According to the Bible, the red heifer—a reddish-brown cow, probably no more than two years old which had never had a yoke on it—was to be sacrificed as part of the purification rites of the Mosaic Law. The slaughtering of a red heifer was a ceremonial ritual in the Old Testament sacrificial system, as described in Numbers 19:1-10. The purpose of the red heifer sacrifice was to provide for the water of cleansing (Numbers 19:9), another term for purification from sin. After the red heifer was sacrificed, her blood was sprinkled at the door of the tabernacle.
The imagery of the blood of the heifer without blemish being sacrificed and its blood cleansing from sin is a foreshadowing of the blood of Christ shed on the cross for believers’ sin. He was “without blemish” just as the red heifer was to be. As the heifer was sacrificed “outside the camp” (Numbers 19:30), in the same way Jesus was crucified outside of Jerusalem: “And so Jesus also suffered outside the city gate to make the people holy through his own blood” (Hebrews 13:11-12).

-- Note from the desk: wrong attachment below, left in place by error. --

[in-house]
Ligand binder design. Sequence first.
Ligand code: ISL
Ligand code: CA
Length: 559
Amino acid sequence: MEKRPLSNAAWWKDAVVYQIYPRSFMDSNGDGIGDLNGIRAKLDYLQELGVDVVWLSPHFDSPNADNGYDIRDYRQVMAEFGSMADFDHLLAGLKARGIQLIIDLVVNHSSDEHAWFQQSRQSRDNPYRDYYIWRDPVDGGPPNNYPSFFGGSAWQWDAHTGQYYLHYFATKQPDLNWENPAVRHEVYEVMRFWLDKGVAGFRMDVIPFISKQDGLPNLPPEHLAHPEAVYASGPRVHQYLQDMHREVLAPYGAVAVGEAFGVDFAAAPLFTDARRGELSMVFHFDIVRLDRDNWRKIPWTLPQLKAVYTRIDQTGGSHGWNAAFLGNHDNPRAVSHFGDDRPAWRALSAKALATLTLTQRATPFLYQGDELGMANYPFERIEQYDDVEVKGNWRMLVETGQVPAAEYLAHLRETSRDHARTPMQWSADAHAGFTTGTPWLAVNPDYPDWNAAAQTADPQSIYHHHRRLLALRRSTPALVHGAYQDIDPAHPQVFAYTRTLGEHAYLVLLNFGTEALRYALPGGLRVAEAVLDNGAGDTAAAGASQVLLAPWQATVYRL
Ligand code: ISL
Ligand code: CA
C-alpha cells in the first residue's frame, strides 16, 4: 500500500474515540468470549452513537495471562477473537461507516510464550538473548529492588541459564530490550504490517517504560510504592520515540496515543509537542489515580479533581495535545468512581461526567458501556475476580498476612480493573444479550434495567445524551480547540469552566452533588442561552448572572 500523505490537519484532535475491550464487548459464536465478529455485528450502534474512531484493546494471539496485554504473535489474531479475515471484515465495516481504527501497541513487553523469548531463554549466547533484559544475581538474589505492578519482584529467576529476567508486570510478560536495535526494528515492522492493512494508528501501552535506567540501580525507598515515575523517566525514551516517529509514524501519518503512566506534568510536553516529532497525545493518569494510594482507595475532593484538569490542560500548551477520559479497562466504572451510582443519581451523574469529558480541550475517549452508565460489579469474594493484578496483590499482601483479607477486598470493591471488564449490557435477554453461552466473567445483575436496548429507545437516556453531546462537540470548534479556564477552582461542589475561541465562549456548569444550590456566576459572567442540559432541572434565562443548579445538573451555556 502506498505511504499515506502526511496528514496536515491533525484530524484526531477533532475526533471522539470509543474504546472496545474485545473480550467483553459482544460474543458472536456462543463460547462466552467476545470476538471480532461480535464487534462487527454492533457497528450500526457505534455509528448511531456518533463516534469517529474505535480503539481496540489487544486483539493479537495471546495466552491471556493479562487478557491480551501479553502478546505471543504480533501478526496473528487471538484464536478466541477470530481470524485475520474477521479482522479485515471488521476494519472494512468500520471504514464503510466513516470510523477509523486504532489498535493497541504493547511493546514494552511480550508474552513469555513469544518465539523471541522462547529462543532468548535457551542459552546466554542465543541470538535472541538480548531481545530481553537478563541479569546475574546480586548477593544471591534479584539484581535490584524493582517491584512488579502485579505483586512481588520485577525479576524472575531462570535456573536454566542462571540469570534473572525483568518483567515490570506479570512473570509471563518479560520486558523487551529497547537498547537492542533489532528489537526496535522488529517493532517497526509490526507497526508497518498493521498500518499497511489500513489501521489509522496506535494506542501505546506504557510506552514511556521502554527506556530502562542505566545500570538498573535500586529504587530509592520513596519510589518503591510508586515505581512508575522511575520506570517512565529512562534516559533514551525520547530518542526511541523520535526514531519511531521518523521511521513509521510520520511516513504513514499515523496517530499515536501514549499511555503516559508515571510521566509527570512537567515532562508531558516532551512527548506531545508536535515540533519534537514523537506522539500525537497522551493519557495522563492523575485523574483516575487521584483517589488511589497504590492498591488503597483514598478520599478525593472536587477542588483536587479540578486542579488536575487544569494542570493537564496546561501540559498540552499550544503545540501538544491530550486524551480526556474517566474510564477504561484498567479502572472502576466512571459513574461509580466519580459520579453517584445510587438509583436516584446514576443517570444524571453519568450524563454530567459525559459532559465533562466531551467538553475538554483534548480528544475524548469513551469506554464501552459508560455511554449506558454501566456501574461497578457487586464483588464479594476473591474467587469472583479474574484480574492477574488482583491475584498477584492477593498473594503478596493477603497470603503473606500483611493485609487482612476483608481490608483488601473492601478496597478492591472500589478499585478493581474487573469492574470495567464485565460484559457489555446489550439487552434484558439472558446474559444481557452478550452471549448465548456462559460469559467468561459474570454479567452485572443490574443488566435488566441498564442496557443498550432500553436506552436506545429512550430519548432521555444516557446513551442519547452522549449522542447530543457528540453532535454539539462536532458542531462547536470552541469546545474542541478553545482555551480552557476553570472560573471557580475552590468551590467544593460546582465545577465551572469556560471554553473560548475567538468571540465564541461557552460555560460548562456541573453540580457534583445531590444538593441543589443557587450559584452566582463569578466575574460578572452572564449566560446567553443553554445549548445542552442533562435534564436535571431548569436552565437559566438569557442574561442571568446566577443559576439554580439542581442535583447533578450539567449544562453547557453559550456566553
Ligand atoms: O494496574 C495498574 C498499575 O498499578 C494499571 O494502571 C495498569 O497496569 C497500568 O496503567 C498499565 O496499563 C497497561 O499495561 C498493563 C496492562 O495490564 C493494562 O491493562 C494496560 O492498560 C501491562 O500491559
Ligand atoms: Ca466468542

The Bible does teach that one day there will be again be a temple of God in Jerusalem (Ezekiel chapters 41-45). Jesus prophesied that the antichrist would desecrate the temple (Matthew 24:15), and for that to occur, there obviously would have to be a temple in Jerusalem once again. Many anticipate the birth of a red heifer because in order for a new temple to function according to the Old Testament law, a red heifer would have to be sacrificed for the water of cleansing used in the temple. So, when a red heifer is born (which is quite unusual) it might be a sign that the temple will soon be rebuilt.